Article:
There have been more than 1,600 cases reported in Scotland and around 200 cases in Northern Ireland, but no deaths.

Immune system

Whooping cough

  • It is also known as pertussis and is caused by a species of bacteria, Bordetella pertussis
  • It mostly affects infants, who are at highest risk of complications and even death
  • The earliest signs are similar to a common cold, which then develop into a cough and can even result in pneumonia
  • Babies may turn blue while coughing due to a lack of oxygen
  • The cough tends to come in short bursts followed by desperate gasps for air (the whooping noise)
  • Adults can be infected – but the infection often goes unrecognised

The infection can stop a baby breathing or lead to pneumonia, brain damage, weight loss and death.

Newborns are most vulnerable as they are too young to be vaccinated – doses are given at two, three and four months of age.

Pregnant women, between 28 and 38 weeks, are now being offered a whooping cough vaccine. It should prompt the mother’s immune system to create more antibodies to attack the whooping cough bacterium. The antibodies should pass from the mother to the child in the womb and offer protection when a baby is born.

In August, there were 72 infections in children under one. That fell to 67 when the vaccination programme started in September and fell again to 46 in October. However, it is too soon to tell if vaccination is making a difference.

Dr Gayatri Amirthalingam, consultant epidemiologist for immunisation at the HPA, said: “The October figures show a continuing rise in the overall number of whooping cough cases.

“While there has been a decline in the number of infant cases it’s important to emphasise that it’s too early to see any impact from the pregnancy vaccination programme.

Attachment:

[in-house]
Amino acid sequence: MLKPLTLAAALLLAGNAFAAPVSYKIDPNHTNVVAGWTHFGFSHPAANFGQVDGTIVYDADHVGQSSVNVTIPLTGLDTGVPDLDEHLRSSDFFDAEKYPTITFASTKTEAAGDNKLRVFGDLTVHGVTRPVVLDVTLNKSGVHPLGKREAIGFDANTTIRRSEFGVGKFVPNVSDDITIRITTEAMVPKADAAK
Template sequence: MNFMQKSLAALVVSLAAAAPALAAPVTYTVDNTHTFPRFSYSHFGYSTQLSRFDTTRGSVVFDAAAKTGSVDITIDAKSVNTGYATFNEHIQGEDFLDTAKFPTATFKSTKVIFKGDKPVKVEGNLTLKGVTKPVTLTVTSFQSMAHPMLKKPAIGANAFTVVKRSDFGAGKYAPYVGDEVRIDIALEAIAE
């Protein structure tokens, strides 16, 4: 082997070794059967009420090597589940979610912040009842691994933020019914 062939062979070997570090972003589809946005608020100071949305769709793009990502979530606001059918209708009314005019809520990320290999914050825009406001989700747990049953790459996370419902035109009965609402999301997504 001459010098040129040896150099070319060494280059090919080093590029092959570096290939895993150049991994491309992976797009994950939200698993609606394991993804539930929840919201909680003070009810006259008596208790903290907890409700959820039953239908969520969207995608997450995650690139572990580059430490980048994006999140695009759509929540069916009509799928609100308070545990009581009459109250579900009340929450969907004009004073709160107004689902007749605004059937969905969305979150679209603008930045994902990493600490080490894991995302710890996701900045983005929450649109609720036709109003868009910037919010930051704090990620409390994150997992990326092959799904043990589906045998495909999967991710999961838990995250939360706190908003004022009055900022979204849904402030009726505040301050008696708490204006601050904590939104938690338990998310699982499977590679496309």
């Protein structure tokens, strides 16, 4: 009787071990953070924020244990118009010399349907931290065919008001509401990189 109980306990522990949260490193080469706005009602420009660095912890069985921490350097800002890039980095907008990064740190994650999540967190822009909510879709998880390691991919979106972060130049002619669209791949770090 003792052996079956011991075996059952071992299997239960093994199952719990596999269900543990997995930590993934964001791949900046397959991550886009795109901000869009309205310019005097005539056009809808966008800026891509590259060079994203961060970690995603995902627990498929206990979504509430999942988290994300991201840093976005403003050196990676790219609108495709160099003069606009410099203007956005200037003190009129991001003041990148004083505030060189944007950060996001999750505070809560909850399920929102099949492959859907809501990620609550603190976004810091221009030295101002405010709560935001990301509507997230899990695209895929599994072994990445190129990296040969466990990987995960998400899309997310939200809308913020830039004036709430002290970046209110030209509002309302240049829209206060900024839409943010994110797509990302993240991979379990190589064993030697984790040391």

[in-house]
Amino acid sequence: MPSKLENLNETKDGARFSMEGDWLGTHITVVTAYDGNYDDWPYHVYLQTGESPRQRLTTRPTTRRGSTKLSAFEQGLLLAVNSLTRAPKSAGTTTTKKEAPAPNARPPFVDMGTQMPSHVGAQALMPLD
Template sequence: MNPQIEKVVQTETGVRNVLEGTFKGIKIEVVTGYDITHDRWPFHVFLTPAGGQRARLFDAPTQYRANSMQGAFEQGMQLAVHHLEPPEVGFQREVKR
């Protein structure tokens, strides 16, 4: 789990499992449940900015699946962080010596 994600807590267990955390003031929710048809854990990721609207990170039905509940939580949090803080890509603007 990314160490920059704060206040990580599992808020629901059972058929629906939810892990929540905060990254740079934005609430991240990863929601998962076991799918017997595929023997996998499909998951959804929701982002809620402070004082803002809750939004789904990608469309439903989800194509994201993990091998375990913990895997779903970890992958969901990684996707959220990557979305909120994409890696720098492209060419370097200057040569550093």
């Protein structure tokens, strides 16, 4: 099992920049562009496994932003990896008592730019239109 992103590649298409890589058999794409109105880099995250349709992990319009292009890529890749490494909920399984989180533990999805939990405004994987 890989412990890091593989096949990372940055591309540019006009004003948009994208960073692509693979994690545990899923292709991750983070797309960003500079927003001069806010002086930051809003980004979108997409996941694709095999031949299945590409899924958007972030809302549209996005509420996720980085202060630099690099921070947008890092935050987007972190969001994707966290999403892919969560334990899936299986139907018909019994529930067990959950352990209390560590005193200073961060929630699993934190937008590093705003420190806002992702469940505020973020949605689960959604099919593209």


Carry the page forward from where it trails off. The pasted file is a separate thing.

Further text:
“We strongly recommend all pregnant women take up the offer of vaccination.”

Graph showing cases of whooping cough

Routine vaccination was introduced in 1957. Before then cases could affect more than 100,000 people and kill 300 in a single year.

Health experts do not know why the outbreak is so large this year, especially as vaccination for whooping cough is at record levels.

One theory is that the bacterium that causes the infection, Bordetella pertussis, has mutated.

Another idea is that tight control of whooping cough is part of the problem. People’s immunity to whooping cough is boosted throughout life by being regularly exposed to it.

However, after years of low levels of whooping cough the whole population may have been left more vulnerable to the infection.

BBC

美国为士兵研发口服疫苗 对抗花粉过敏

春天是个美丽的季节,百花盛开,许多鸟儿会在树上快乐的唱着歌,人们也终于摆脱了冬天的寒冷和臃肿。然而,对于过敏症患者来说,这是个最难以容忍的季节,因为有大量的花粉。美国国防高级研究计划局(DARPA)正在为过敏人群研发新口服疫苗。

春天是个美丽的季节,百花盛开,许多鸟儿会在树上快乐的唱着歌,人们也终于摆脱了冬天的寒冷和臃肿。然而,对于过敏症患者来说,这是个最难以容忍的季节,因为有大量的花粉。美国国防高级研究计划局(DARPA)正在为过敏人群研发新口服疫苗。

研究人员认为,他们已经找到了一种解决方案。他们希望能够铲出花粉的内容物,只留下低过敏性的外壳。然后科学家们将疫苗填充到花粉外壳中。之所以这样做,是希望疫苗借着花粉外壳的保护在消化过程中存活下来,以确保疫苗最终到达目的地。

如果成功的话,口服疫苗很可能优先为军人使用。为了更有效地为士兵服务,DARPA已经资助了许多健康、医疗项目。DARPA最近资助的项目有,创造微型传感器用于体内诊断,治疗,并开发出人体微型生物芯片器官,使药物检测的速度更快。

该口服疫苗项目是由DARPA资助美国德州理工大学研发的。

医药日报发布